The fascinating subject of Composition

As a judge I can objectively say this image wouldn’t win any awards, but some may view it as quite pleasing, and it does have compositional merit.

Through learning and observation. The discovery of an ultimate viewpoint as an array of visual elements align, will create joy for the explorer of compositions.

This viewpoint (exact camera position) explained.

The foreground rock would be considered dominate from this viewpoint which establishes it as the primary emphasis. This is due in part to its perceived relative size but mainly because its more triangular form differs from the surrounding shapes that are generally spherical. In other words, the triangular is odd in a bed of round, so more prominent.

You’ll notice a crack which emerges from the top left corner and leads diagonally towards our rock, as though emphasising it. This can be described as a directional flow.

Further down the left edge and another crack also leads (flows) towards our dominate rock. At the rocks base is an assembly of smaller spherical rocks that curve towards and cradle our dominate rock, as though by design.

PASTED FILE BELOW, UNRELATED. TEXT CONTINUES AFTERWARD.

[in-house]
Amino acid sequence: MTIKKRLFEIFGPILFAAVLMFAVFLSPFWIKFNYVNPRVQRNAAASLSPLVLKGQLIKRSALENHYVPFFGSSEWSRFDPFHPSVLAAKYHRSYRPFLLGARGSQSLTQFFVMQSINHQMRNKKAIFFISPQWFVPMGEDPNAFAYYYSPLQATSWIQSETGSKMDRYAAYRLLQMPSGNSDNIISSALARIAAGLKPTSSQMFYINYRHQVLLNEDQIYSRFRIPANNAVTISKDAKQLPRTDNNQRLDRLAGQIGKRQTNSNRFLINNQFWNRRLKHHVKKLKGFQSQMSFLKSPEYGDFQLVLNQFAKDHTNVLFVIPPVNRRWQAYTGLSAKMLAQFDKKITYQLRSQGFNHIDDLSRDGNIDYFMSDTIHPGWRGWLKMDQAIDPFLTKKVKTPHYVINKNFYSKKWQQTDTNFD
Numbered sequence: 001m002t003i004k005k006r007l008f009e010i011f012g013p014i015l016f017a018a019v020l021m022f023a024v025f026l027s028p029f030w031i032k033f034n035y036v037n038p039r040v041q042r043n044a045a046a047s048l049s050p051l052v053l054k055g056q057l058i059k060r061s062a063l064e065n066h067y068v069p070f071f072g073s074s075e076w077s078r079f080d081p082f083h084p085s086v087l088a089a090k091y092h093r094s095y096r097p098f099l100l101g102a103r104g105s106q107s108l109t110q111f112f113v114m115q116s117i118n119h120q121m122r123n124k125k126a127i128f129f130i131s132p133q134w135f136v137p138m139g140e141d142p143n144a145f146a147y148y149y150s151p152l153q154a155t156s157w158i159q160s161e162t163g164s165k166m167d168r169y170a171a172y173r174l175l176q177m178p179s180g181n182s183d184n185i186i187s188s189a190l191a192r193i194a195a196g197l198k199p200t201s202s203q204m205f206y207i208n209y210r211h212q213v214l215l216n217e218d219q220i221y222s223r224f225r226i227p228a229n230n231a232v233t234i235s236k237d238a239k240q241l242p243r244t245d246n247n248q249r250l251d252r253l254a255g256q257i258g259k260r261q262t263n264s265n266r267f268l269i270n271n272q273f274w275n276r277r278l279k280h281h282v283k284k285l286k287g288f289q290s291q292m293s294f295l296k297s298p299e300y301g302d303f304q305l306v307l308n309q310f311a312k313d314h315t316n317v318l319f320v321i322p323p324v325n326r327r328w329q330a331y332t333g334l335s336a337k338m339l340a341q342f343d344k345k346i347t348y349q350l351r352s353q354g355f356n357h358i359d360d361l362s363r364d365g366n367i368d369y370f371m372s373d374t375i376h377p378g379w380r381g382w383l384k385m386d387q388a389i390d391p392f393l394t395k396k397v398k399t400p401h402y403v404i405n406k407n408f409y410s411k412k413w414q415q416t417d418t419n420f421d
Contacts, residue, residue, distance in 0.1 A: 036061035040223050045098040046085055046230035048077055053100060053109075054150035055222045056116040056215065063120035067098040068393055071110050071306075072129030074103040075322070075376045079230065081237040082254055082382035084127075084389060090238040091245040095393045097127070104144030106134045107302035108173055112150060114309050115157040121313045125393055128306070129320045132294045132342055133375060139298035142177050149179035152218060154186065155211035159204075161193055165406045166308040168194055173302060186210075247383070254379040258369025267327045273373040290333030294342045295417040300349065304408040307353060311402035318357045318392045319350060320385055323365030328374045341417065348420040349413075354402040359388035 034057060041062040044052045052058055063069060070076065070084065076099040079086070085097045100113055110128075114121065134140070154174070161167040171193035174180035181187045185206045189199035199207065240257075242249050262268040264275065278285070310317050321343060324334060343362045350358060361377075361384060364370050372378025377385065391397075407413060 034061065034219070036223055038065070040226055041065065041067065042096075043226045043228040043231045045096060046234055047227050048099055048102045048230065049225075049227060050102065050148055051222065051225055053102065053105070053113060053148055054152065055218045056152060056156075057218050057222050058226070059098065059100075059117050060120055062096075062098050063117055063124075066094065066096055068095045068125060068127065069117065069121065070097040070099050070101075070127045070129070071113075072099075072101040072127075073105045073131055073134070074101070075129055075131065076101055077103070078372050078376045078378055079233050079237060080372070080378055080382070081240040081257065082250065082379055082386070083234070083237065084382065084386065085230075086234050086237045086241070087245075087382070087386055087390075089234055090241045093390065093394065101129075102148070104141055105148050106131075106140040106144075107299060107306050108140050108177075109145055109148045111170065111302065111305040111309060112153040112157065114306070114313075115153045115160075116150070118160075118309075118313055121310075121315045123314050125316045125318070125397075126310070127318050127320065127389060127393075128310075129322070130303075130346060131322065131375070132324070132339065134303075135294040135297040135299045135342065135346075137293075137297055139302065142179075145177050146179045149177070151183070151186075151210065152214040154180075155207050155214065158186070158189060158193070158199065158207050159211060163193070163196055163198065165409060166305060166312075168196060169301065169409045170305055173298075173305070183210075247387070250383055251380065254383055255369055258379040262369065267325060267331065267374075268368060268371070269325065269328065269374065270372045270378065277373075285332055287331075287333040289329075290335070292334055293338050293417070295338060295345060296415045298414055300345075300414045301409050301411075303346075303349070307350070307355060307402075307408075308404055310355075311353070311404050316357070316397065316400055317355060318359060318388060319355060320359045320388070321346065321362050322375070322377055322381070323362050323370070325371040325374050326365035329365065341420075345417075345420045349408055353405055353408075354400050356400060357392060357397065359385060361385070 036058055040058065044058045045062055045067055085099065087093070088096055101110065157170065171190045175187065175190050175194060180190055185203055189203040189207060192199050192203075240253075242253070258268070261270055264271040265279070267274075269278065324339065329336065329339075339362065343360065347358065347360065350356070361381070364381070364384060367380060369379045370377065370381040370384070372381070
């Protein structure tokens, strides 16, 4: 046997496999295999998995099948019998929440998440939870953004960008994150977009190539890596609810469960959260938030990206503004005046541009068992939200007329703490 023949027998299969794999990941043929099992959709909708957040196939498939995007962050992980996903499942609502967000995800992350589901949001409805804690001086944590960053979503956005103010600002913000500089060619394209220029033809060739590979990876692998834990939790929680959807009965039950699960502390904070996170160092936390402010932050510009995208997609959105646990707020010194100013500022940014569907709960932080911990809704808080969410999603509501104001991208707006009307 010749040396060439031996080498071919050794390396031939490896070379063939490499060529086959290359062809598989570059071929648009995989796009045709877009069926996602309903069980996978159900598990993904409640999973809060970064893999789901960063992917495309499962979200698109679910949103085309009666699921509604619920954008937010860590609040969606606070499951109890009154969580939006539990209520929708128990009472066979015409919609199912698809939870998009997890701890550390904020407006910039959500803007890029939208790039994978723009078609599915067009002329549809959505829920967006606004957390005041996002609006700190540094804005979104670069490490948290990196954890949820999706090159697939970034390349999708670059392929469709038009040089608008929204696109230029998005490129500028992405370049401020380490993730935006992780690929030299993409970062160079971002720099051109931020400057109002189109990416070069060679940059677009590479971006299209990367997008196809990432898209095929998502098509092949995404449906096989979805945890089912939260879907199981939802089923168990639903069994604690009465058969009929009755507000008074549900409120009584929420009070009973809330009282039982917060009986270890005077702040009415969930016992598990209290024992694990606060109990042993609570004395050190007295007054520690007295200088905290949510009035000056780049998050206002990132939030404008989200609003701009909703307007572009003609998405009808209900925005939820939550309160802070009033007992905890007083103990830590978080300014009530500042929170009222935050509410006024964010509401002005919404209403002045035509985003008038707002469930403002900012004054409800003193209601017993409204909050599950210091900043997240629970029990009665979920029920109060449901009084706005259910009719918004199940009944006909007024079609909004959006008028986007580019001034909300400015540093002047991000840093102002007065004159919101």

By exact alignment, the triangular rock converges upwards and at its point, forms a relationship of lines by connecting the soft D line of our rock, to the soft C line of the vertical rock edge. Connected they create a soft S line which is generally considered, sublime.

Clever composition is often about the subminimal.  

The rock that sits deeper into the frame (upper third a little off-centre to the right) is somewhat isolated and also prominent due to its differing relative shape. That rock could be considered a ‘secondary point of emphasis’.

Surprisingly, its physical size is about four times larger than our primary foreground rock. By reducing the focal length of my lens (wider angle) I was able to alter the optical perspective which increased the space between rock 1 and rock 2. This also altered the relative scale between rock 1 and rock 2, quite considerably.

The above merely introduces this fascinating topic…